Welcome to the latest installment of “Feminists in Focus: Film News and Reviews,” an incisive look at the new film, Budrus, from filmmaker and Lilith contributor Elizabeth Mandel. Enjoy!
The media is replete with violent images of Palestinians, Israelis and Muslims; of veiled Muslim women subjected to the will of the men in their lives; of a sense of hopelessness regarding the Israeli-Palestinian conflict. The recent documentary film “Budrus,” directed by Julia Bacha, offers an alternative version to this story, and through that, hope for an alternative vision for the future. The film chronicles the events that unfolded in Budrus, a tiny (pop. 1500) Palestinian village on the West Bank, as the residents came together in nonviolent resistance against Israel’s separation barrier cutting through the village, its cemetery and its life-sustaining olive groves.
In 2004, the construction of the barrier came to Budrus. It was scheduled to cut through the town, ostensibly unavoidably, for security reasons (no concrete reason is given for why the barrier takes a circuitous path that cuts through and isolates villages from their land and each other). In response, Ayed Morrar, a lifelong activist and six-year-veteran of Israeli prison, organizes “the Popular Committee Against the Wall,” a non-violent resistance movement designed to stop the progress of the barrier. At first it seems the protests are almost benignly endured by the Israeli military police assigned to Budrus. There is internal disagreement about whether the bulldozers should stop or continue. But soon, olive trees are being dug up, and it seems inevitable the protestors will be stopped and the barrier erected.
Enter Iltezam, Morrar’s fifteen-year-old daughter. Iltezam challenges her father to include the entire community in these community protests, and soon she and the other women of the village are on the front lines. Iltezam herself jumps in front of a bulldozer, and the women rally round her. Like so many other protest movements lead by women, such as the Argentine Mothers of the Plaza de Mayo (also known as Mothers of the Disappeared), their participation confounds the authorities. Because they challenge not only the authorities, but also expectations and familiar rules of the game, their actions are tolerated beyond what would have been deemed acceptable had they been men.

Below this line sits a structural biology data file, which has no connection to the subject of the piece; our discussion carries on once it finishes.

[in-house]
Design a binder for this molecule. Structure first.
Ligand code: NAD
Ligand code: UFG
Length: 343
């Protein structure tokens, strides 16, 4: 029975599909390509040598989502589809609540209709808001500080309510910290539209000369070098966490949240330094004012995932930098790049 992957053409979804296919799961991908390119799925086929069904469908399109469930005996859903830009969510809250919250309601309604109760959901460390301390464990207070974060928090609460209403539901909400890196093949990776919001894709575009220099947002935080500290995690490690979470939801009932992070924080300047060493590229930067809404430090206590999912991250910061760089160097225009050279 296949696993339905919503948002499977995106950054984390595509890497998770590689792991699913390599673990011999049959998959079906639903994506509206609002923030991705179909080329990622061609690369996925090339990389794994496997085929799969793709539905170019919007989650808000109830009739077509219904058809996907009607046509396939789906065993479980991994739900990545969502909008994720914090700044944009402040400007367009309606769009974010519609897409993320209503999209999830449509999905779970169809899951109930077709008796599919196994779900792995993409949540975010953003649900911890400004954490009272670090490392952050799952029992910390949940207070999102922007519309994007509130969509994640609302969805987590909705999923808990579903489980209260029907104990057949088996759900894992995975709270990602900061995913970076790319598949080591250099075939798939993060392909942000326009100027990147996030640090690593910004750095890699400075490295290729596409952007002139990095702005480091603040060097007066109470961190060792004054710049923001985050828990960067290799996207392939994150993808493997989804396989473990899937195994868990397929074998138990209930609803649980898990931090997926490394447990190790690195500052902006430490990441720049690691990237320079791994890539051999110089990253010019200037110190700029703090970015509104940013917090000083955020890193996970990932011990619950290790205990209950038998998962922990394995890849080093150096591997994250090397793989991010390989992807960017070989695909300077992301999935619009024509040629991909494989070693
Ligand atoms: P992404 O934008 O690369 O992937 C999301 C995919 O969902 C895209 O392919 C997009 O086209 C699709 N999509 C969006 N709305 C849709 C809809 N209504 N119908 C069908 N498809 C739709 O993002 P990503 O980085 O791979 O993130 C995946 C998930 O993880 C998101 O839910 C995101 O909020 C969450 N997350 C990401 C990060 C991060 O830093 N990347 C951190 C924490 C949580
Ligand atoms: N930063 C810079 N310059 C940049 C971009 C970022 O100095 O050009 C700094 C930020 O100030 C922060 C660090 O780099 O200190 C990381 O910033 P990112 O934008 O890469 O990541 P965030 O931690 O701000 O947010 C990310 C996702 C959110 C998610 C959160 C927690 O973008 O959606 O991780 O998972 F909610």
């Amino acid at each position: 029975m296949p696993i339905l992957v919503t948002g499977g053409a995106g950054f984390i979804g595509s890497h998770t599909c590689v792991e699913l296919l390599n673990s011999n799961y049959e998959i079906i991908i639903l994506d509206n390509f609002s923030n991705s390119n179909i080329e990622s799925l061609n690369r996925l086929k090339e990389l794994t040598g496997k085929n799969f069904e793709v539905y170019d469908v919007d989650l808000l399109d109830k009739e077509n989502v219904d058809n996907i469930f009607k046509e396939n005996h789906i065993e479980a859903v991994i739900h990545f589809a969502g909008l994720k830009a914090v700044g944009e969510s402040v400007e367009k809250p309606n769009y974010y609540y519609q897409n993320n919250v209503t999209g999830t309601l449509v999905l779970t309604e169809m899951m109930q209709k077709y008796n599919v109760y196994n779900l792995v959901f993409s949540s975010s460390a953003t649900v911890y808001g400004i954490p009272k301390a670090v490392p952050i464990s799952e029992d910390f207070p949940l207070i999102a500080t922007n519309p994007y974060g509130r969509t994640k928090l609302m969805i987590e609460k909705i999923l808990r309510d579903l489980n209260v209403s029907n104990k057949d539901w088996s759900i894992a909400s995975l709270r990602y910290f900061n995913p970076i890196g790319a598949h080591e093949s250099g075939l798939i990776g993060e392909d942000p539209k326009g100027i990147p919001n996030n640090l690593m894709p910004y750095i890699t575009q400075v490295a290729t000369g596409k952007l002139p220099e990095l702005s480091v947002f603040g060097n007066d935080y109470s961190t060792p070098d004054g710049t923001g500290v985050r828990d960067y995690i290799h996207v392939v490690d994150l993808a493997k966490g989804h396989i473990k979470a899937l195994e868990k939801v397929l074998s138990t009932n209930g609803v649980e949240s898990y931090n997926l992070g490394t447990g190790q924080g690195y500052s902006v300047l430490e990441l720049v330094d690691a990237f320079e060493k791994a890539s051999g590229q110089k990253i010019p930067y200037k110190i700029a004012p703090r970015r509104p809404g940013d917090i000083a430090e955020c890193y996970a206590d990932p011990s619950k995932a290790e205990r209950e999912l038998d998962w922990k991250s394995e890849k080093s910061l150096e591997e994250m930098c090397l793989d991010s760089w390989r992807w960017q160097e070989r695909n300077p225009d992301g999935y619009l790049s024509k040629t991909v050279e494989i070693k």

While the military men are caught off guard, it is the squad commander, a woman, who is the most deeply confused. She has a job to do, and she clearly believes in her mission. It is a job best done when one can maintain a sense of apartness and otherness. From the beginning, though, the villagers find a way to break down her separateness. Her name, Yasmine, is a popular Arab name, and the male villagers tauntingly invite her to come join “her own.” It is clear that they, too, behave differently with a woman than they would with a man. When the women join the resistance, Yasmine seems torn between resentment and surprise coupled with deep respect. She resents the complication, but respects their utter lack of fear in standing up for what they believe in. While she doesn’t say it, one gets the sense she has never seen girls and women participating like this before on similar missions. One wonders if these were diplomatic negotiations rather than grass-roots protests what kind of dialogue would ensue between Yasmine and Iltezam. While Yasmine never comes around to seeing (or at least admitting to seeing) the point of view of the residents of Budrus, something in her is surely shaken, and her assumptions are re-examined.
So too are the assumptions of the villagers about Israelis, when a group of Israelis come to join the protests. The act serves several functions, including a standing-down of the military police, a legitimization from a new quarter, and the building of grassroots relationships, which may lead someday to deeper cooperation.
In addition to presenting powerful women and positive Israeli-Palestinian relationships, the film briefly but importantly addresses the under-discussed issue of age in escalation. At one point, non-violence turns to rock-throwing by young Palestinians, which is answered with live fire by the young Israeli military police. A senior member of the Israeli military reminds us of the explosive combination of stress, weapons and youth, and one is left wondering how different the current situation would be if near-children weren’t making daily life-and-death decisions.
“Budrus” re-raises the as-yet-untestable theory that the world would be a more peaceful place if more women were leaders, playing on their own terms, rather than conforming to the patriarchal power systems. It offers hope and alternative solutions beyond the movie screen, as its outreach campaign brings the film to the West Bank. One can only hope that the brave women and men, Palestinian and Israeli, of “Budrus” can inspire a new approach to peace and cooperation in the Middle East. Clearly the current models are not working.
For upcoming screenings of “Budrus”, click here.
For more information about the film, click here.
Elizabeth Mandel is a documentary filmmaker with a special interest in women’s empowerment and gender-based violence. She co-directed the 2010 documentary “Pushing the Elephant,” about a Congolese mother and daughter.